, Volume 30, Issue 4, pp 625-642,
Open Access This content is freely available online to anyone, anywhere at any time.

Social Relationships in Free-Ranging Male Macaca arctoides

Abstract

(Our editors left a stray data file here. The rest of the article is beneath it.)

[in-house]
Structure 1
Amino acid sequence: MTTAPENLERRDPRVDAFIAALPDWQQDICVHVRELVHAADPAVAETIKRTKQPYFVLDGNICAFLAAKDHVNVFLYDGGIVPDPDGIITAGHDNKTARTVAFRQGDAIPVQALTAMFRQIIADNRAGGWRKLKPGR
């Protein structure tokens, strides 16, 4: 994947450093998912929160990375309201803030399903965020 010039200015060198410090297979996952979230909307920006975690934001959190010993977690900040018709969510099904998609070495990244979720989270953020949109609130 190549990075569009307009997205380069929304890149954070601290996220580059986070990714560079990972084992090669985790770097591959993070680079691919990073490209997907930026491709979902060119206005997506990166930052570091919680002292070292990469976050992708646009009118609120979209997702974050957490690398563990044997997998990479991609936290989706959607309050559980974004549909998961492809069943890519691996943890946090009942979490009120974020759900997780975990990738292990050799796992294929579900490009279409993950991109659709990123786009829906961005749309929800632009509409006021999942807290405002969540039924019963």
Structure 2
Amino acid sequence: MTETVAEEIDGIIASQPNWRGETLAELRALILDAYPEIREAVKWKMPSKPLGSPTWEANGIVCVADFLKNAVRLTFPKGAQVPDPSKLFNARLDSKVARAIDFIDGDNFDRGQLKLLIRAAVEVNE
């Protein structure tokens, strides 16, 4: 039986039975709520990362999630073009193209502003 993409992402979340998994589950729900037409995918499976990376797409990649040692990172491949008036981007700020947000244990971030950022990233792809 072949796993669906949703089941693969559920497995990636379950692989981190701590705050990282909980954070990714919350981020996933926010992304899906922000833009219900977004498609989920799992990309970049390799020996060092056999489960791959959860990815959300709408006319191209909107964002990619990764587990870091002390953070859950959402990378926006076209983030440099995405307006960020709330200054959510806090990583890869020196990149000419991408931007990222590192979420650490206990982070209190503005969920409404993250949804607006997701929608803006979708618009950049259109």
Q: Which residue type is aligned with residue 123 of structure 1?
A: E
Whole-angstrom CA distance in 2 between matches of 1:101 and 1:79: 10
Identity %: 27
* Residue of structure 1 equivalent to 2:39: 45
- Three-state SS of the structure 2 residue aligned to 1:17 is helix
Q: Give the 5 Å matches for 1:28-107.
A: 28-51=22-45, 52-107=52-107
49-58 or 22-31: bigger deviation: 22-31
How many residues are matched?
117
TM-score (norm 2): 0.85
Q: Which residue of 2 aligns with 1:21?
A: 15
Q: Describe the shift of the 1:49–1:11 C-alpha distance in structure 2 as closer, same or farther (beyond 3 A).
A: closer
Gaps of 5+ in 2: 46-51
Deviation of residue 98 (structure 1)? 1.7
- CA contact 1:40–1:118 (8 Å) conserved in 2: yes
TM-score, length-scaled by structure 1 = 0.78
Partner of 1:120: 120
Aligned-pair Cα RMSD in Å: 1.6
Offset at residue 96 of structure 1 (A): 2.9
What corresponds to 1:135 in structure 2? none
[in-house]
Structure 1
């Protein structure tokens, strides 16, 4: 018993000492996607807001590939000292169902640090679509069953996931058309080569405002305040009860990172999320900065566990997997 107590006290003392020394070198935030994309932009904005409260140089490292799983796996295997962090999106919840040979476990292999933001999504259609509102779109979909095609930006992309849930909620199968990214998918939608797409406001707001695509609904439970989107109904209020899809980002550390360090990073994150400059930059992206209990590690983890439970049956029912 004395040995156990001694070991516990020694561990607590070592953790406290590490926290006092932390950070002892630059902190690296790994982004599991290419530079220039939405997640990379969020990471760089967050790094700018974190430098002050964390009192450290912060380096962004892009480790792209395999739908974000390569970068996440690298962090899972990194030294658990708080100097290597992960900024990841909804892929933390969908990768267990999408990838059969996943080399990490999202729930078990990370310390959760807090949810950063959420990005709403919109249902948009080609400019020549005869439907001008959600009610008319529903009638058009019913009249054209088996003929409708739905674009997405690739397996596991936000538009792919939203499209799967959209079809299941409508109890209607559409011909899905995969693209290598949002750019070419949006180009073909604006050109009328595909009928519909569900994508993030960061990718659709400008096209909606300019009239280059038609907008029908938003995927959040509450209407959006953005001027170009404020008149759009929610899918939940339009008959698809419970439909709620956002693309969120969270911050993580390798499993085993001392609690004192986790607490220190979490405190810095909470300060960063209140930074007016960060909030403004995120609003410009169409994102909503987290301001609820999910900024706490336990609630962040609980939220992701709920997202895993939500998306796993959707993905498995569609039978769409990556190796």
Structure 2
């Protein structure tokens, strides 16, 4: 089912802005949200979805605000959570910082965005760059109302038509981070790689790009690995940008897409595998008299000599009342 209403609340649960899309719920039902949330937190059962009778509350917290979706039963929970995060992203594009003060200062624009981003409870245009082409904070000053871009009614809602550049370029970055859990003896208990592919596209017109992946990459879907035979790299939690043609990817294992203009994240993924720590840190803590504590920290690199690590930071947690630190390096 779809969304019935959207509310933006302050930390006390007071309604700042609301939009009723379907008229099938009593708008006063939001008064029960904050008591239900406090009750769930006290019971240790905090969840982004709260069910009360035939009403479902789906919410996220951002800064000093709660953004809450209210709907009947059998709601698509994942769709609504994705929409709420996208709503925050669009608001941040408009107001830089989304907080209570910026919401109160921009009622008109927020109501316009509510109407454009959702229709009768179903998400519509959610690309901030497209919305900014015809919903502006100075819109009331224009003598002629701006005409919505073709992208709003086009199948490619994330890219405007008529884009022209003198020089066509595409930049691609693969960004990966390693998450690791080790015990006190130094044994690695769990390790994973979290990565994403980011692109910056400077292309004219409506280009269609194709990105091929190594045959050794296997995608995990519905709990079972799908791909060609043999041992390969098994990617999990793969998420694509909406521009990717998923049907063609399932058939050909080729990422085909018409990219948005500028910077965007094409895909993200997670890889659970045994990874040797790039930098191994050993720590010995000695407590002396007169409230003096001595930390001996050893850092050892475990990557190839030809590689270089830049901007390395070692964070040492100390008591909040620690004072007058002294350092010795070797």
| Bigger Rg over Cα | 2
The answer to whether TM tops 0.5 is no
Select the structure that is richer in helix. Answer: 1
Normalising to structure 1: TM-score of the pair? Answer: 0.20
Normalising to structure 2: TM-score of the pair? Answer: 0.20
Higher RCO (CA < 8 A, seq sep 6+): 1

Macaque social relationships differ greatly between species. Based on captive studies that focus mainly on females, researchers have classified stumptail macaque (Macaca arctoides) social relationships as tolerant, as indicated by a high rate of affiliation, frequent aggression, and symmetrical conflicts. To accumulate more data on male social relationships, which are relatively understudied, and to generate comparative data, we investigated male social relationships in a provisioned group of 68 free-ranging, naturally dispersing stumptail macaques in southern Thailand. We collected continuous focal animal and ad libitum data on 7 adult and 2 subadult males, recording social behavior during 283 contact hours between December 2006 and March 2007. Stumptail macaques of this population were less tolerant than predicted based on previous studies on captive groups: Rates of spatial proximity, affiliation, and aggression were low, most males directed affiliative behavior toward higher-ranking males, and conflicts were generally of low intensity and relatively asymmetrical. Thus, male stumptail macaques of the focal group appear to differ in their social style from a previous study of a captive group that mainly comprised of females. In some traits, they are even more intolerant than rhesus macaques, an intensively studied intolerant macaque species. We also compare our data on stumptail macaque males to those on other male macaques, but available data are too sparse to draw final conclusions.